Trading up on Global Britain

Although the majority of UK trade is currently conducted with countries within the EU, 90% of future growth in global GDP will be from outside the EU. The rational approach therefore is to seek a good deal with Brussels, but to face down EU intransigence with justified self-confidence. Post-Brexit, we have a world to win

Prosperity on the high seas post-Brexit
Joshua Mackenzie-Lawrie
On 28 January 2020 11:35

The start of the Transition Period on February 1st 2020 is certainly a date to look forward to. This Saturday our country will be officially out of the European Union.

There are still battles to be fought in future negotiations, but the Prime Minister is due to set out his red lines next week in a series of position papers on trade.

This will be mirrored by Michel Barnier, the EU’s chief Brexit negotiator, when he unveils the EUs draft negotiating mandate next Monday. Regardless, in a matter of days, we will be free to officially take back control and pursue our own independent trade policy, tailor-made to UK interests, instead of trying to appease 27 other countries.

If the EU tries to restrict our ability to make our own deals, Boris Johnson must not be afraid to walk away from negotiations, and trigger ‘No Deal’, trading on World Trade Organisation terms. The soon to be formed ‘Taskforce Europe’ must not make the mistakes of the Department for Exiting the EU which it replaces. These are negotiations for the future of the United Kingdom, and not damage limitation exercises.

Although the majority of UK trade is currently conducted with countries within the EU, 90% of future growth in global GDP will be from outside the EU. So whilst it is important to get a good deal with Brussels, the UK must be prepared to look beyond the European continent.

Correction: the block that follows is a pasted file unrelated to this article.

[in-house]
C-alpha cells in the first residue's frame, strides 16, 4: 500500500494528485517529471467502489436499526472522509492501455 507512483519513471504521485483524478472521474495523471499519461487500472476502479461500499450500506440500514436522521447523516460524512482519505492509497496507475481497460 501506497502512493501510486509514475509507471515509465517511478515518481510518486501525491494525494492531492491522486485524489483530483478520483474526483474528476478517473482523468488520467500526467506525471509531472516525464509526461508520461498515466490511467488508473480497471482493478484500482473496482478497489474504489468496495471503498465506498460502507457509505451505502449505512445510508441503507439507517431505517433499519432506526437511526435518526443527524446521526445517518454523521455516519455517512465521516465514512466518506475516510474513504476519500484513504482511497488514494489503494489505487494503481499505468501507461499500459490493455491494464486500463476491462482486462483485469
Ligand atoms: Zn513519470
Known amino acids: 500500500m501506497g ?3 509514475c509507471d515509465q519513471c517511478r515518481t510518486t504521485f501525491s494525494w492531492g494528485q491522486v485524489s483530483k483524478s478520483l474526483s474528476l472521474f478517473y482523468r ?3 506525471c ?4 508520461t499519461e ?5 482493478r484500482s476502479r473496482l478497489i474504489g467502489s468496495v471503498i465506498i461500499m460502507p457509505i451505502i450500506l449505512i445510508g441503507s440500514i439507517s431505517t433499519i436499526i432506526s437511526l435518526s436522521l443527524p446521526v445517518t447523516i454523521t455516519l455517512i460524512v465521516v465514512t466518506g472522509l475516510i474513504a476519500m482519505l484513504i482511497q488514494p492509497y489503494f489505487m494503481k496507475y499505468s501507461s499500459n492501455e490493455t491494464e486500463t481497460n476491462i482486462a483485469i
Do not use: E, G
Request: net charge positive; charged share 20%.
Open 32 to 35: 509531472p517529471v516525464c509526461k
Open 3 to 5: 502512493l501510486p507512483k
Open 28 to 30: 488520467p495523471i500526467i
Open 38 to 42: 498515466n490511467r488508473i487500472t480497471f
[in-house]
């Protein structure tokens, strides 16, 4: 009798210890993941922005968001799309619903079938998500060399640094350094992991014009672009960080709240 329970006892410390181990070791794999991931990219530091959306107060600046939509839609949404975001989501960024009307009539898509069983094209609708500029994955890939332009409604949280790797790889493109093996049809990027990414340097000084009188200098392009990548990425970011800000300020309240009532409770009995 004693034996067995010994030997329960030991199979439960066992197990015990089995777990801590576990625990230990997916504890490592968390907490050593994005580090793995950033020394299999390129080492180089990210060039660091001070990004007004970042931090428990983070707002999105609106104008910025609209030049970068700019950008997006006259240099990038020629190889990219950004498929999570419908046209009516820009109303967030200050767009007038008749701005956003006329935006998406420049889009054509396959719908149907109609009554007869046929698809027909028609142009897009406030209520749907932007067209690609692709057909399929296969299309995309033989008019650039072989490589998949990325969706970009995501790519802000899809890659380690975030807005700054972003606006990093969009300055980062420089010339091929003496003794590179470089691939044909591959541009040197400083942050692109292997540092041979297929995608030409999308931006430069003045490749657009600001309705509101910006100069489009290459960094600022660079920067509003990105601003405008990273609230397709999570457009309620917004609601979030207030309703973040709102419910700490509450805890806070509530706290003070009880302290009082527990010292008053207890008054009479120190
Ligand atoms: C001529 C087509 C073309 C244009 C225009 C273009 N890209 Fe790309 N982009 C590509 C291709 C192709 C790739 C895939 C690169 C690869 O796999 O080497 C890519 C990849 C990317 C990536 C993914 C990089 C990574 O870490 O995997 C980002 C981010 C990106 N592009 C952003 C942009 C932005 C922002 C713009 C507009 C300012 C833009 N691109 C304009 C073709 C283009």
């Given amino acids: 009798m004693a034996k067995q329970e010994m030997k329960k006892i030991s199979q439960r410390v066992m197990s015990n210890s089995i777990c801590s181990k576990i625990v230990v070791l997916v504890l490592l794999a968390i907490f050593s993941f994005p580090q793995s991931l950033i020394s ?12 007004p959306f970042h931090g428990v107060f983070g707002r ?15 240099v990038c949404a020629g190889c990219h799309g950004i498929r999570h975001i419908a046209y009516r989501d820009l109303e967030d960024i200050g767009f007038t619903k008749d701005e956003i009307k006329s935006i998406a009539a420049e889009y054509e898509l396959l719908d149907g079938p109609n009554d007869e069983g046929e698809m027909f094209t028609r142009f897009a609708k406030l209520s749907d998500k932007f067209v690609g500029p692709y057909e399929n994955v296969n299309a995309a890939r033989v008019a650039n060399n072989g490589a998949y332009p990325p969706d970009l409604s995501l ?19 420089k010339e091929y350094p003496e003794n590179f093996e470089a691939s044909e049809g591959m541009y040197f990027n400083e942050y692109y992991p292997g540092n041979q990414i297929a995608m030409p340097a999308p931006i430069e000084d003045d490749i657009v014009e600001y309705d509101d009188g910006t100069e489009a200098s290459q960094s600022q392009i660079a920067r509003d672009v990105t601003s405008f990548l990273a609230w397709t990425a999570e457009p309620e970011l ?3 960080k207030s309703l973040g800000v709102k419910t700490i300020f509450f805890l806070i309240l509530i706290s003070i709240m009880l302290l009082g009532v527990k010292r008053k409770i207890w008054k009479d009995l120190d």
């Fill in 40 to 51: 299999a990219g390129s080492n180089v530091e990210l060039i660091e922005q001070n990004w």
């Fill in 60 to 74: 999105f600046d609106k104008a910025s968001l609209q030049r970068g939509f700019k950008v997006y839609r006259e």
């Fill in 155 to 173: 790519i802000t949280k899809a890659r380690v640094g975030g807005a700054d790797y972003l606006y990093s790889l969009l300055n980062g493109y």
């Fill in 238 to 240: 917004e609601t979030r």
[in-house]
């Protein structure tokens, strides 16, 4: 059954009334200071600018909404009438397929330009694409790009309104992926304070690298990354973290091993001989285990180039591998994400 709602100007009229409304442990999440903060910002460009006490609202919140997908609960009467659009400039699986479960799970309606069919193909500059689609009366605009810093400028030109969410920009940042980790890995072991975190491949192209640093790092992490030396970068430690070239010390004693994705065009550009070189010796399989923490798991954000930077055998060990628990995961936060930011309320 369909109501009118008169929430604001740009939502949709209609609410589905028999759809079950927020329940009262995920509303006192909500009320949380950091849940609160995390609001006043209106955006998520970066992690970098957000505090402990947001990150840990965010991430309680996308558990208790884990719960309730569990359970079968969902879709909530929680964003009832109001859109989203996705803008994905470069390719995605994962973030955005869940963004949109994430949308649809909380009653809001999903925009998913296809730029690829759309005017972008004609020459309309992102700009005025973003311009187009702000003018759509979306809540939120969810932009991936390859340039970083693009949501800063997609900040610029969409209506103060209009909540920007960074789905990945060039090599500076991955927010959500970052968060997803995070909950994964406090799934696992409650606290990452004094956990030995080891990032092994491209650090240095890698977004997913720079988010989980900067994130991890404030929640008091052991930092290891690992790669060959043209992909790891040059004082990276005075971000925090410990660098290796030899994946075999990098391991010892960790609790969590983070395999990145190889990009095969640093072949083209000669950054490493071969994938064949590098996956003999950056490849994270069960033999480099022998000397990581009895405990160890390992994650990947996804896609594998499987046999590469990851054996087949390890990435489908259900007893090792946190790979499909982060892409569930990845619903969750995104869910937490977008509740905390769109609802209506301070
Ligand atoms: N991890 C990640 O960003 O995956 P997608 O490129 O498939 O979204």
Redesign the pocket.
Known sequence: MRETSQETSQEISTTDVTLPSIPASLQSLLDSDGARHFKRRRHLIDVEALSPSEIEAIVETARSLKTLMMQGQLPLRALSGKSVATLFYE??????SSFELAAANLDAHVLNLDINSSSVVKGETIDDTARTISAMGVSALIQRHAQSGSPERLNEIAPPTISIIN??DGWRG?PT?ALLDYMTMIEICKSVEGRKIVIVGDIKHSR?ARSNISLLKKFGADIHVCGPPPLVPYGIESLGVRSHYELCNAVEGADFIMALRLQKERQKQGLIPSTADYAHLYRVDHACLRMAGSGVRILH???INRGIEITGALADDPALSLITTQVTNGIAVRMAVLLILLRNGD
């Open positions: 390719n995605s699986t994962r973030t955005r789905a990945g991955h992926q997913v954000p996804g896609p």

The opportunity for British businesses to trade more freely with the United States represents a golden one. The US is not only the world’s largest economy, it is already the largest single export market for UK businesses. The US is also the biggest source of investment in the UK with just over a quarter of foreign investment coming from America. Exports to the US were worth a massive £92 billion in 2018.

Clearly there already exists a strong trans-Atlantic economic relationship despite the existence of many tariffs (as commanded by the EU). A removal of these barriers - through a free trade agreement with the US, something US officials have said would be possible within a year – would allow British businesses to flourish in the American market even further, without the threat of huge tariffs from the Trump White House.

However, this does not mean we would see a complete end to tariffs and it will all depend on the type of trade deal which is agreed and the priorities each country has in negotiations. For example, the Business Secretary, Andrea Leadsom has confirmed the UK plans to implement a ‘digital tax’ on US companies such as Google to make sure they pay their fair share, despite threats of retaliation from the US. This would force companies such as Google to pay tax on profits earned within the UK even if they are registered in different countries.

While controversial to the White House, crucially it will be the UK Government which decides this trade policy and not the EU.